Should stranded adventurers pay for own rescue?

Some states are considering billing victims for back-country rescues. But one group warns that the policy may discourage people from getting help.

By Bruce Kennedy Dec 26, 2012 11:49AM

The blogosphere is afire with praise for an in-depth and amazing multimedia report by the New York Times about the world-class skiers who were caught up in a deadly avalanche last winter in Washington state.


The report focuses on the perils facing skiers who go into the unmonitored back country. It also coincides with news that several states -- including those where skiing, hiking and other outdoor recreation are big business -- are considering legislation to bill victims of back-country mishaps for some rescue operations.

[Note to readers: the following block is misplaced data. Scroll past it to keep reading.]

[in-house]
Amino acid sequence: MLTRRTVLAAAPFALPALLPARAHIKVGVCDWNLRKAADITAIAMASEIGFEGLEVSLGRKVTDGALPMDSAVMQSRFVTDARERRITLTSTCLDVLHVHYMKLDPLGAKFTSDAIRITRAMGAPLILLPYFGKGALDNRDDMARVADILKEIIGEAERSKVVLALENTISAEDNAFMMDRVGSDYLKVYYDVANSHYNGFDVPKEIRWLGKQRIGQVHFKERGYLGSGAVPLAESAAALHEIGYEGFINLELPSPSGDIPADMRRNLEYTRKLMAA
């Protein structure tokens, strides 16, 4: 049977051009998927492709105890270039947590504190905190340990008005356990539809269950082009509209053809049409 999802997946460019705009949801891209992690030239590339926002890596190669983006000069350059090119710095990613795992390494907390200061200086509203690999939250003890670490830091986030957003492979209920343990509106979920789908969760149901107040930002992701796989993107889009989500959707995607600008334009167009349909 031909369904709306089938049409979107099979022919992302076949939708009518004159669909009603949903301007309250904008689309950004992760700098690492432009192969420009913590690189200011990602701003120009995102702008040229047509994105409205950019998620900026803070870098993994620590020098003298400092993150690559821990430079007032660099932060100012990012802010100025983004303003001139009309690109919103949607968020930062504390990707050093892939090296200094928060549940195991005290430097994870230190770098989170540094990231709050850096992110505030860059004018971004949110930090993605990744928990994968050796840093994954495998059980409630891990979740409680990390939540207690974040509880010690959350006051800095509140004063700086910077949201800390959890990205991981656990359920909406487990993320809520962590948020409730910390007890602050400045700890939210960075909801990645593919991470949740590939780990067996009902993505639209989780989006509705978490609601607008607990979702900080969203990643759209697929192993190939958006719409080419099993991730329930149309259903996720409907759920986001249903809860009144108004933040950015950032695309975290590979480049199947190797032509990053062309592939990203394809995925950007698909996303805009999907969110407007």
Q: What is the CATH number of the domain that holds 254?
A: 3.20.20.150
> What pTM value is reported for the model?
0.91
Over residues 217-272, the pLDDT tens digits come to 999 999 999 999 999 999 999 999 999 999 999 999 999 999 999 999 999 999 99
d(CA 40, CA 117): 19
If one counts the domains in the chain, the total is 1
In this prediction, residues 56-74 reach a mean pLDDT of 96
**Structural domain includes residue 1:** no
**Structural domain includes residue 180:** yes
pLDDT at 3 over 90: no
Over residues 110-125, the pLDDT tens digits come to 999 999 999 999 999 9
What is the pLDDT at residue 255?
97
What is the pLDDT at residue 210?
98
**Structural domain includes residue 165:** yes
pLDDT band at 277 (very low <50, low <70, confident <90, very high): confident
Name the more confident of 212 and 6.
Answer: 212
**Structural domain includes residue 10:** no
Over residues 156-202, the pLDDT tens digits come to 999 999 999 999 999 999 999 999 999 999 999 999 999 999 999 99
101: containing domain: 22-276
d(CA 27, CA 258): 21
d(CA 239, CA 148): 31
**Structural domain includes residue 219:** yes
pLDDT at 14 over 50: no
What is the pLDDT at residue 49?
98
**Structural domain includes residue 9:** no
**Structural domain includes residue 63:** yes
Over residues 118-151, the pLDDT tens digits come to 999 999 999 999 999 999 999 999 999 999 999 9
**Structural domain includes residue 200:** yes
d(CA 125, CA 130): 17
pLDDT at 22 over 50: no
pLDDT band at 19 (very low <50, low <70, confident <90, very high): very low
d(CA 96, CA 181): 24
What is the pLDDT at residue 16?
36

Lawmakers in Wyoming are considering a bill that would let local law enforcement charge for search-and-rescue (SAR) missions in cases where they believe the victims put themselves into harm’s way.


The legislation came after an incident last winter: a $14,000 operation to rescue three snowmobilers trapped in a mountain pass. When state officials asked the snowmobilers to help pay for some of the costs of their rescue, the three hired an attorney -- who questioned if the state had the authority to ask for such a payment.


In response, the proposed measure would let rescue payments "be left up to the discretion of the sheriff (involved)," Wyoming representative Keith Gingery, the bill’s sponsor, told the Jackson Hole News and Guide. "They'll say which ones are victims or whether someone may have contributed to the situation."